Automotive digital technology is spreading rapidly through the industry and among vehicle platforms. Premium EVs such as Tesla Models S and X, with semi-autonomous driving potential, signal what today’s technology promises. But it isn’t just the top-range products that are adopting such capabilities.
Recently the Renault Nissan Alliance announced a collaboration with ARM, the semiconductor and software design company, to open the software and hardware architecture of Renault's Twizy electric city car—a tandem two-seater powered by a 6.1 kW·h lithium-ion battery and 13-kW traction motor driving the rear wheels via a single-speed transmission.
“Open-source development enables new features to be developed faster and with more scope for customization,” explained Richard York, ARM’s Vice President Embedded Marketing. ARM’s chips are used by several industries, with auto applications embracing in-vehicle infotainment (IVI) to ADAS (advanced driver assistance systems) and emergency braking.
York cites a new study from Juniper Research which concludes that over the next five years, data from connected car infotainment and telematics, will comprise up to 98% of all machine-to-machine (M2M) data traffic, a change well inside the typical car model production lifecycle.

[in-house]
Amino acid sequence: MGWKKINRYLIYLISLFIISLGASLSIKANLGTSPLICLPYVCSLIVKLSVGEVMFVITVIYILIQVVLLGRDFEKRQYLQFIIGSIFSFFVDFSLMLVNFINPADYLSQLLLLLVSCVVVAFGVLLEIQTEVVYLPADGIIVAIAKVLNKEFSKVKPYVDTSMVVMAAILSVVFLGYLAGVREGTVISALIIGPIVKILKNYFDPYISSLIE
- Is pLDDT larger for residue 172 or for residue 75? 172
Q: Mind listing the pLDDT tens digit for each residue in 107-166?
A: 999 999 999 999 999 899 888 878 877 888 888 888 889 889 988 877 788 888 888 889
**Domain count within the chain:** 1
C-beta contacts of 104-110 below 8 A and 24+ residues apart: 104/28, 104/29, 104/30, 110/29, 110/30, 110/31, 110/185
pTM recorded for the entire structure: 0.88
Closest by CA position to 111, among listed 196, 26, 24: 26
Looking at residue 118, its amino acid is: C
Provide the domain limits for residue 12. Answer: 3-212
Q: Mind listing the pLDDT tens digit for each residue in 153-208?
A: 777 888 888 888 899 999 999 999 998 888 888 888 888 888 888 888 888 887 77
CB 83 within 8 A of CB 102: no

IVI chip creators like ARM face technical challenges including thermal, area, and power constraints. A problem is the diversity of performance requirements that digital-centric cars present including powering large screens, enabling tactile feedback, displaying multiple apps coming from multiple sources etc.
"The lessons of decades of mobile design are being applied to automotive," York said, adding that ARM’s low power processors enable sustained high performance throughout the IVI experience. Analysts predict that the on-board computing power of a normal sedan will increase by 100x from 2016 to 2025, powering ADAS and integrated cockpit functions.
“The range of functions in the so-called ‘fusion’ controllers means that "a broad ecosystem is required to deliver specialized computing in each area,” York noted.